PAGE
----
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The Virgin Mary Was The First To Openly Profess the Catholic faith after it had been formulated into articles. Here’s how it happened as described by Venerable Mary of Agreda:

The most prudent Mother bore in mind, that the disciples, having dispersed to preach the name and faith of Christ the Savior, had as yet no formula or express creed to guide themselves uniformly and without differences, so that all the faithful might believe one and the same express truths. Moreover She knew that the Apostles would soon have to go forth over the whole world in order to spread and establish the Church through their preaching, and that it was proper that all should be united in their doctrine, upon which was to be founded all the perfection of a Christian life. Therefore the most prudent Mother of wisdom wished to see all the divine mysteries, which the Apostles were to preach and the faithful to believe, reduced to a short formula. For if those truths were moulded into a few articles, they could more conveniently be brought to the mind of all, the whole Church would be united in one belief without any essential difference, and the whole spiritual edifice of the Gospel would thus rest and be built up on the same firm columns of one foundation. In order to prepare for this work, the importance of which She recognized, She presented her wishes to the Lord, who had inspired them, and for more than forty days She persevered in this prayer with fasting, prostrations and other exercises.

In answer to her prayer for the Apostles, besides promising to assist them in preparing the symbol of the faith, the Lord informed his Mother of the very wording of the propositions or articles, of which the Creed was to be composed. Of all this the most prudent Lady was well capable, as was explained more fully in the second part of this history; but now, when the time had arrived for executing what had been intended so long before, He wished to renew it all in the purest heart of his virgin Mother, in order that the fundamental truths of the Church might flow from the lips of Christ himself. He inspired saint Peter his vicar and the rest with the desire of setting up a symbol of the universal faith of the Church. Accordingly they sought conference with the heavenly Mistress concerning its opportuneness and the measures to be taken for this purpose. They resolved to fast and persevere in prayer for ten continuous days, in order to receive the inspiration of the Holy Ghost in this arduous affair. Having completed these ten days, which were also the last ten of the forty, in which the Queen had treated with the Lord about this matter, the twelve Apostles met in the presence of Mary, and saint Peter spoke to them as follows:

“My dear brethren, the divine mercy, in its infinite goodness and through the merits of our Savior and Master Jesus, has favored his holy Church by gloriously multiplying its children, as we have seen and experienced in this short time. For this purpose the Almighty has multiplied miracles and prodigies and daily renews them through our ministry, having chosen us (though unworthy) as the instruments of his divine will in this work and for the glory and honor of his holy name. Together with these favors He has sent us tribulations and persecutions of the devil and of the world, in order that we may imitate our Savior and Captain, and in order that the Church, evenly ballasted, might reach more securely the port of rest and eternal felicity. The disciples have evaded the wrath of the chief priest and spread through the neighboring cities, preaching the faith of Christ our Redeemer and Lord. We must also soon depart and preach throughout the globe, according to the command of the Lord before ascending into heaven (Matth. 28, 19). Just as there is but one Baptism in which men are to receive this faith, so there must be but one doctrine, which the faithful are to believe. Hence it is meet that we, who are as yet gathered harmoniously in the Lord, define the truths and mysteries which we are to propound expressly to all the nations of the world, and thus, without difference of opinions, believe the same doctrines. It is the infallible promise of the Lord, that where two or three shall be gathered in his name, He shall be in their midst (Matth. 18, 20). Confiding in his word we firmly hope, that He will now assist us with His divine Spirit to understand and define, in his name by an unchangeable decree, the articles to be established in his holy Church as long as it shall last, to the end of the world.”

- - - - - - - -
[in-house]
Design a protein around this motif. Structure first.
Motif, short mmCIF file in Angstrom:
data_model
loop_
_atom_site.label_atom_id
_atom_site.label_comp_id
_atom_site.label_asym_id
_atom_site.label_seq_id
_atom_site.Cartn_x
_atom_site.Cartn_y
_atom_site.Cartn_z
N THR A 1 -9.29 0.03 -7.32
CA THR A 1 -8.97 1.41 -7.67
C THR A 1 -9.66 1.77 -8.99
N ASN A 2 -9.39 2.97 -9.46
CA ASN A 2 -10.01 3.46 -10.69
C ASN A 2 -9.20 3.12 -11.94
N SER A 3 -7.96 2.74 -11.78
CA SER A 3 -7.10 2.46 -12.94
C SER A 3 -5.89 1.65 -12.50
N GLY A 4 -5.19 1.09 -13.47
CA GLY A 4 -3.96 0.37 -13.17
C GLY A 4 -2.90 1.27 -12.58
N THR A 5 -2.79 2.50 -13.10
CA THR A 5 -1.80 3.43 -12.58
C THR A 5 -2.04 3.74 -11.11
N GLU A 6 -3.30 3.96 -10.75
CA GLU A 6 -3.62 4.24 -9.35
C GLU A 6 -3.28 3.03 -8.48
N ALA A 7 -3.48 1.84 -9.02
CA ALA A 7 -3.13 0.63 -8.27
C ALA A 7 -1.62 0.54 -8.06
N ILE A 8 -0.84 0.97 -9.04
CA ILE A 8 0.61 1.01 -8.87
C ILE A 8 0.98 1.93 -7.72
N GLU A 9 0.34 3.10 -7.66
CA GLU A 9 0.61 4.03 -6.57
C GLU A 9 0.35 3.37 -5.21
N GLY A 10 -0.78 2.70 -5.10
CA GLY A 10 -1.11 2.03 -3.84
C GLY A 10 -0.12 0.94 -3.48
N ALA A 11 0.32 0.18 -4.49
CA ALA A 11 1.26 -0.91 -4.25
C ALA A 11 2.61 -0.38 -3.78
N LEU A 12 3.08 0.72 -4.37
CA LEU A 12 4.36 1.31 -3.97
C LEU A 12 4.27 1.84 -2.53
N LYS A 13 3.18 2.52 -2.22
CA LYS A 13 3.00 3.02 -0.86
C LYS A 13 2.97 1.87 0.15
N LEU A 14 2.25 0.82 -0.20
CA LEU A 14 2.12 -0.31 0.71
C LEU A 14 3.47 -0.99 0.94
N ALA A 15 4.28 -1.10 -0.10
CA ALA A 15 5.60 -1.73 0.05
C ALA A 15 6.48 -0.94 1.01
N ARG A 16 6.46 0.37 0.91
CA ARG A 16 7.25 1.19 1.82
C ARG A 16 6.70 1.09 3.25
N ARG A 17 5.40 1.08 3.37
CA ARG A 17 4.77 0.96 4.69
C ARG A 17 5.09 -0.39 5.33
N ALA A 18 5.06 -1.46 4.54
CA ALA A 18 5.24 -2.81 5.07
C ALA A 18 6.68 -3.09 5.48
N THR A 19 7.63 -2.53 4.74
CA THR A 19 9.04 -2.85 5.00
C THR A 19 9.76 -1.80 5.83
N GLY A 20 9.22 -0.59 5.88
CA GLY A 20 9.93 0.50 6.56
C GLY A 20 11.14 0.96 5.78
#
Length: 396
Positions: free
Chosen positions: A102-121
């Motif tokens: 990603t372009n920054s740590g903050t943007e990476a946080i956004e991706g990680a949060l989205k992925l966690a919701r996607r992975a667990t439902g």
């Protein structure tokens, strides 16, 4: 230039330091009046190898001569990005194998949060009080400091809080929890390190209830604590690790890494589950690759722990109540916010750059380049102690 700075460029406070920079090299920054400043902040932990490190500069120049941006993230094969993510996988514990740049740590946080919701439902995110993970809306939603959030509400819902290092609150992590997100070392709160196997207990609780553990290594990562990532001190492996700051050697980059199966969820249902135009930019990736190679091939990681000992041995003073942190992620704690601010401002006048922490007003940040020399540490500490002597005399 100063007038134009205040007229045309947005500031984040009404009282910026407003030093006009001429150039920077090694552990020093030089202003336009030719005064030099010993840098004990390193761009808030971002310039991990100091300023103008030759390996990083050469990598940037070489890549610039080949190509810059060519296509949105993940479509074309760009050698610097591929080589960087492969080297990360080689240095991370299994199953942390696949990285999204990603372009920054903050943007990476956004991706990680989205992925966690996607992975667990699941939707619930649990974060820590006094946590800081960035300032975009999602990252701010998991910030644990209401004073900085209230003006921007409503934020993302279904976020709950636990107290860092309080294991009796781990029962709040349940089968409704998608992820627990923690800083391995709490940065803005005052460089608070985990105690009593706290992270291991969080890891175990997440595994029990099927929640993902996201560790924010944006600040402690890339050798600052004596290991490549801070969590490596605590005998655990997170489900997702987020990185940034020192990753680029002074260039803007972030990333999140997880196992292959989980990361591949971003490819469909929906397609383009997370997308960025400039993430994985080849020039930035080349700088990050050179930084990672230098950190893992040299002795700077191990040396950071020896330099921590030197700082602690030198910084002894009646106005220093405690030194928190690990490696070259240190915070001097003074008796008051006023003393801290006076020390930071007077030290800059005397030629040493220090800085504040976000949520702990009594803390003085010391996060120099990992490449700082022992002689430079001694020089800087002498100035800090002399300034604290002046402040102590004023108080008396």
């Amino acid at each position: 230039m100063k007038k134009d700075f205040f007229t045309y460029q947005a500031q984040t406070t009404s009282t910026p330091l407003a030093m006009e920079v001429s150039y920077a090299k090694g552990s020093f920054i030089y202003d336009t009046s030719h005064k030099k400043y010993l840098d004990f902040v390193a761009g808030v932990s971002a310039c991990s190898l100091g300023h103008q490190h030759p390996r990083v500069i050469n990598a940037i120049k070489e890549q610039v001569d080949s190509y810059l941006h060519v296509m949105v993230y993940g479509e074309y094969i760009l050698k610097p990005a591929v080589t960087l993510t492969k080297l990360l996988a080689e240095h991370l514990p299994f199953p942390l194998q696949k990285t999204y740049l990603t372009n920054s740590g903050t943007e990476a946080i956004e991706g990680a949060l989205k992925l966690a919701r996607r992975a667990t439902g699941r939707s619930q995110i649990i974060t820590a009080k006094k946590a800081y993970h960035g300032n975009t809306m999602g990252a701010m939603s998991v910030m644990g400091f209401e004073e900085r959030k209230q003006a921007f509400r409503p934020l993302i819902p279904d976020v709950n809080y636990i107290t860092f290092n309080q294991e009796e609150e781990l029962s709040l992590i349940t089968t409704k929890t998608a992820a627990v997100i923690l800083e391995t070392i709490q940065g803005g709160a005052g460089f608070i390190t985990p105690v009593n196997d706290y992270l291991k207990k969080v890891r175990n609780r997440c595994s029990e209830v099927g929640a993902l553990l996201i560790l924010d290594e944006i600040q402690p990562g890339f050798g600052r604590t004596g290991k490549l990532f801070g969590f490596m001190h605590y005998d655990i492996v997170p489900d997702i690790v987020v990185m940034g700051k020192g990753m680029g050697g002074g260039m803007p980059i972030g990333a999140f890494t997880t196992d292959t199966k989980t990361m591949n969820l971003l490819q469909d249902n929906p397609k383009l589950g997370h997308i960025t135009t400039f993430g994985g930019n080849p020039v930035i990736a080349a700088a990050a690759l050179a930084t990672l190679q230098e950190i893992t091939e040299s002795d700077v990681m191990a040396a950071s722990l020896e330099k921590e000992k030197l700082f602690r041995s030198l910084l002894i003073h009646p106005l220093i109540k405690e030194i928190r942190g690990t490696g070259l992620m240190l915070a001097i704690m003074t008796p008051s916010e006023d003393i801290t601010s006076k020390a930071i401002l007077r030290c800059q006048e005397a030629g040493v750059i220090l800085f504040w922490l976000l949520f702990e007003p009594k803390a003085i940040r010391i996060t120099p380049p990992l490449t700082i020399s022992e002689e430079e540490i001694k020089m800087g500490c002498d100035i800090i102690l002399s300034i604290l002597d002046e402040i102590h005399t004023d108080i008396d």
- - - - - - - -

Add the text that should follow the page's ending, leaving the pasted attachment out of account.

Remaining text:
All the Apostles consented to this proposal of Peter. Then he celebrated a Mass, in which he gave Communion to the most holy Mary and the Apostles whereupon they all, including the blessed Mother, prostrated themselves in prayer calling upon the Holy Ghost. After continuing their prayers for some time they heard the rumbling of thunder, as on the first coming down of the Holy Ghost upon the gathering of the faithful; at the same time the Cenacle was filled with light and splendor and all were enlightened by the Holy Spirit. Then the most blessed Mary asked each of the Apostles to define a mystery, according as the divine Spirit should inspire them. Thereupon saint Peter began, and was followed by the rest in the following order:

1. Saint Peter: I believe in God, the Father almighty, Creator of heaven and earth.

2. Saint Andrew : And in Jesus Christ, his only Son, our Lord.

3 and 4. Saint James the Greater: Who was conceived through operation of the Holy Ghost, born of the Virgin Mary.

5. Saint John: Suffered under Pontius Pilate, was crucified, died and was buried.

6 and 7. Saint Thomas: Descended into hell, arose from the dead on the third day.

8. Saint James the Less: Ascended into heaven, is seated at the right hand of God the Father almighty.

9. Saint Philip: From thence He shall come to judge the living and the dead.